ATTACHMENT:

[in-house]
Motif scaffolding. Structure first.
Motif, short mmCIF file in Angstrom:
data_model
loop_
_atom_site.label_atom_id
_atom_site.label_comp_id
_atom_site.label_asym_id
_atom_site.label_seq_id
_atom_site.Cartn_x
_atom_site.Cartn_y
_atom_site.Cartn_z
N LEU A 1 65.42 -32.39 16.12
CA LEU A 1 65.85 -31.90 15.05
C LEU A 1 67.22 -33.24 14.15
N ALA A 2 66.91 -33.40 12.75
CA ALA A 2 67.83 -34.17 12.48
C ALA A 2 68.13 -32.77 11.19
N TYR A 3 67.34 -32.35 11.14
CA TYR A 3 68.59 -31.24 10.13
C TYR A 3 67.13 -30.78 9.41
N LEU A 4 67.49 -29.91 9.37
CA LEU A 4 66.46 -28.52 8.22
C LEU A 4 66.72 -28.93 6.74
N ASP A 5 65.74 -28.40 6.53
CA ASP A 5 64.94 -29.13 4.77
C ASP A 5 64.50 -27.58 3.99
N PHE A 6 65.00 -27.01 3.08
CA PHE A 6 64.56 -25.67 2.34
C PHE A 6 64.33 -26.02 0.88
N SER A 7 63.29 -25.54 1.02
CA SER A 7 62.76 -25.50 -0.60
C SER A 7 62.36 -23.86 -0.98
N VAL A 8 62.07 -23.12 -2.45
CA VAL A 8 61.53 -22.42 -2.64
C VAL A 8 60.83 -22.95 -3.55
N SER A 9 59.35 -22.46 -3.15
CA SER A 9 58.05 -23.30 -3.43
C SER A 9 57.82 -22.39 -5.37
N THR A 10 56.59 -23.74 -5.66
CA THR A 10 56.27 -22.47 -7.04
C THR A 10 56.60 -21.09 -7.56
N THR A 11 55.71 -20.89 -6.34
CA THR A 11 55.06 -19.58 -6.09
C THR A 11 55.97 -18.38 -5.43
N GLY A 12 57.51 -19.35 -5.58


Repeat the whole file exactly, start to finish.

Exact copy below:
[in-house]
Motif scaffolding. Structure first.
Motif, short mmCIF file in Angstrom:
data_model
loop_
_atom_site.label_atom_id
_atom_site.label_comp_id
_atom_site.label_asym_id
_atom_site.label_seq_id
_atom_site.Cartn_x
_atom_site.Cartn_y
_atom_site.Cartn_z
N LEU A 1 65.42 -32.39 16.12
CA LEU A 1 65.85 -31.90 15.05
C LEU A 1 67.22 -33.24 14.15
N ALA A 2 66.91 -33.40 12.75
CA ALA A 2 67.83 -34.17 12.48
C ALA A 2 68.13 -32.77 11.19
N TYR A 3 67.34 -32.35 11.14
CA TYR A 3 68.59 -31.24 10.13
C TYR A 3 67.13 -30.78 9.41
N LEU A 4 67.49 -29.91 9.37
CA LEU A 4 66.46 -28.52 8.22
C LEU A 4 66.72 -28.93 6.74
N ASP A 5 65.74 -28.40 6.53
CA ASP A 5 64.94 -29.13 4.77
C ASP A 5 64.50 -27.58 3.99
N PHE A 6 65.00 -27.01 3.08
CA PHE A 6 64.56 -25.67 2.34
C PHE A 6 64.33 -26.02 0.88
N SER A 7 63.29 -25.54 1.02
CA SER A 7 62.76 -25.50 -0.60
C SER A 7 62.36 -23.86 -0.98
N VAL A 8 62.07 -23.12 -2.45
CA VAL A 8 61.53 -22.42 -2.64
C VAL A 8 60.83 -22.95 -3.55
N SER A 9 59.35 -22.46 -3.15
CA SER A 9 58.05 -23.30 -3.43
C SER A 9 57.82 -22.39 -5.37
N THR A 10 56.59 -23.74 -5.66
CA THR A 10 56.27 -22.47 -7.04
C THR A 10 56.60 -21.09 -7.56
N THR A 11 55.71 -20.89 -6.34
CA THR A 11 55.06 -19.58 -6.09
C THR A 11 55.97 -18.38 -5.43
N GLY A 12 57.51 -19.35 -5.58